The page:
Embedded in the picturesque, unassuming Bavarian town of Ulm, Germany, is a fascinating plot of land. It contains three unusual looking buildings: three houses
– one is traditional, covered in ivy, another black, mostly windowless, with a trendy interior and then a white cube, two stories high with a vast underground level. This is the home of the Walther Collection, and currently the exhibition, ‘Appropriated Landscapes’. Each year a new curator creates a show from the collection, and this one is part of a three-year project focusing on the holdings of African photography.
The show, curated by Corrine Diserens, explores the effects of colonization, war and ideology on physical and psychological landscapes of South Africa. Around 200 images are displayed by 14 artists including recent work from Jane Alexander and Guy Tillim as well as newly commissioned pieces from Ângela Ferreira, Christine Meisner, and Peter Friedl.
Each house has a different atmosphere. With its low ceilings and intimate rooms the Green House is perfectly suited to exhibit the small-scale work of two of South Africa’s most prominent photographers; David Goldblatt and Santu Mofokeng. At a time when ‘struggle’ documentary photography was playing a crucial role in exposing the horrors of apartheid in a most palpable manner, Goldblatt chose instead to look at the effects of this system in a different way. From the early 1960s he photographed the deep rooted effects of apartheid by veering towards the eventless, the ‘unnatural’ nature of the man-altered South African landscape. Santu Mofokeng’s work too engages with the concept of landscape as the mute witness to history. His photographs depict the previously undocumented, everyday life of the ‘forgotten society’ of black South Africans in the townships. Though trauma is manifested in this landscape, the key theme that emerges through Mofokeng’s images is survival.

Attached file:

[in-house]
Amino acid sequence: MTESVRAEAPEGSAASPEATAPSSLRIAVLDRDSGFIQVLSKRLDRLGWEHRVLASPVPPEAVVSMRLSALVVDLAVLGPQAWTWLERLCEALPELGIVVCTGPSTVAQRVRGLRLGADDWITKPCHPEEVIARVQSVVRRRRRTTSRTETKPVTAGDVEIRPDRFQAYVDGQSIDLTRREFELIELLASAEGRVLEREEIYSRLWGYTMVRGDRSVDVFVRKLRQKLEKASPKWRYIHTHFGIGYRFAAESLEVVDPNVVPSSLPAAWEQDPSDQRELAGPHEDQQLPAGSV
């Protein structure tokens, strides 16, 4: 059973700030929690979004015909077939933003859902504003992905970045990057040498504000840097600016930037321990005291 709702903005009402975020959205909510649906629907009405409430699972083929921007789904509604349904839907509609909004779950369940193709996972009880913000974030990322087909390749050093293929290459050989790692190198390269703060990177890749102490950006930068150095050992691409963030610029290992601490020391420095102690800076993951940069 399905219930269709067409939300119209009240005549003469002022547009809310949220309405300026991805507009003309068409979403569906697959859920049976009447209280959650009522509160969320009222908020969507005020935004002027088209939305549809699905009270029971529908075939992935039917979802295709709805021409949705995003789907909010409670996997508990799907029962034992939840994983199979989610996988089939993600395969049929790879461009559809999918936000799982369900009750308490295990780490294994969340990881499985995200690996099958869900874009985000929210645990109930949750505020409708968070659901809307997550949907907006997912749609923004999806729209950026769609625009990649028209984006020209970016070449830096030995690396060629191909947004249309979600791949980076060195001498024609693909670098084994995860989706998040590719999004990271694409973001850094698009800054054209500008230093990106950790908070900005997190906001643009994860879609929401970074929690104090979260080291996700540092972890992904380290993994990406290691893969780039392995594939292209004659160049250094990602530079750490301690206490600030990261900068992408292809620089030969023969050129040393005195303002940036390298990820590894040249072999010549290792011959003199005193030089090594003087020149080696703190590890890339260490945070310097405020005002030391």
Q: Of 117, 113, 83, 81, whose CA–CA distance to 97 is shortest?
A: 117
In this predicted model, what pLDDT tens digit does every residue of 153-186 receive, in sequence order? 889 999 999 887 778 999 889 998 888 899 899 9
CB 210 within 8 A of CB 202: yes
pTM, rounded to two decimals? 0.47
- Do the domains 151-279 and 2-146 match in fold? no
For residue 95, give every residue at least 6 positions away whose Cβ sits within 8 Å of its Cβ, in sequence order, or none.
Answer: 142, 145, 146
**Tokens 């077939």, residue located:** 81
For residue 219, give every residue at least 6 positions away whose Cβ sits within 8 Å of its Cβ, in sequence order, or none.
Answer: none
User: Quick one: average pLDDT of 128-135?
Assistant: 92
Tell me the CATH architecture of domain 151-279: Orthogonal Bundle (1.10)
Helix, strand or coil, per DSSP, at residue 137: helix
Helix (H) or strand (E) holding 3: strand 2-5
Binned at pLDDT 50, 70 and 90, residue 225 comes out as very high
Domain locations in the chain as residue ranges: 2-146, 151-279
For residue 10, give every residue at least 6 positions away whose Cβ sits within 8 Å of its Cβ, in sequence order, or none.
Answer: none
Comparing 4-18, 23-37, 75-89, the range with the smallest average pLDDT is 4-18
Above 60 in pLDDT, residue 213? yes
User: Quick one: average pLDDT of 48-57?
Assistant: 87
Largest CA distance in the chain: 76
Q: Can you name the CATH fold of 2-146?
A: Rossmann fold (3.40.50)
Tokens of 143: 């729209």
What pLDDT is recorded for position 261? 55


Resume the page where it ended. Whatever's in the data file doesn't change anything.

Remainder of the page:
In the Black House, Jo Ractliffe’s new body of work on Angola’s civil war is premiered. Ractliffe visited Angola at the end of the war and for two years traveled with South African and Angolan ex-soldiers through what Portuguese colonials referred to as “As Terras do Fim do Mundo” – the lands of the end of the world. The haunting images produced show a scarred landscape. Unease is purposefully implied through unusually inhabited images of unintelligible signage, mass graves, and vast spaces with solitary, strange objects.
In the main exhibition space – the architecturally striking White Box – are photographs and video installations. Most striking is the presentation of the work of Mikhael Subotzky and Patrick Waterhouse. The subject of their collaboration is Ponte City: a 54-storey cylindrical building situated in the centre of Johannesburg. This is the tallest residential tower block in Africa and a politically important building; abandoned by white residents, it is now a precarious home to thousands of squatters and so represents a place of constant struggle. The artists’ have displayed lightbox panels divided into three themes: doors, windows and TVs. Presented on large screens suspended from the ceiling, the 12-channel digital slide projection provides a multitude of perspectives on the contemporary skyline of the city of Johannesburg from the point of view of the residents, giving a new resonance to the work.
Guy Tillim disarms colonial inheritance, not merely recording collapsed histories but “a walk through an avenue of dreams”. His highly composed photographs show urban decay and disorder, leading one to question the aestheticisation of poverty by an outsider. The video work of Penny Siopis and Peter Freidl’s films work to analyse narrative tools in colonialized surroundings and the perilous public sphere. In contrast to much of the exhibition, Zanele Muholi and Sabelo Mlangeni’s photographs are ‘peopling’ the landscape with marginal groups. Muholi, working with victims of hate crime, undermines the ethnographic archive by exploring sexual indeterminacy and the scrambling of codes. In the Country Girls series Mlangeni visits cross-dressing communities in rural South Africa exploring masculine intimacy to a poignant effect.
The scars of memory and history on the land expand the definition of landscape. The images displayed together here as Appropriated Landscapes depict the trajectory – from production through reception to the legacy – of these scars which have shaped the land. The exhibition asks important questions about the relationship between history and memory, the role of the photographer, and the problems of moving on from a trauma embedded in the very landscape.
To view images of works in the Appropriated Landscapes exhibition click here and follow the links for specific artists within each building.
Contributed by: Hannah-Grace Fitzpatrick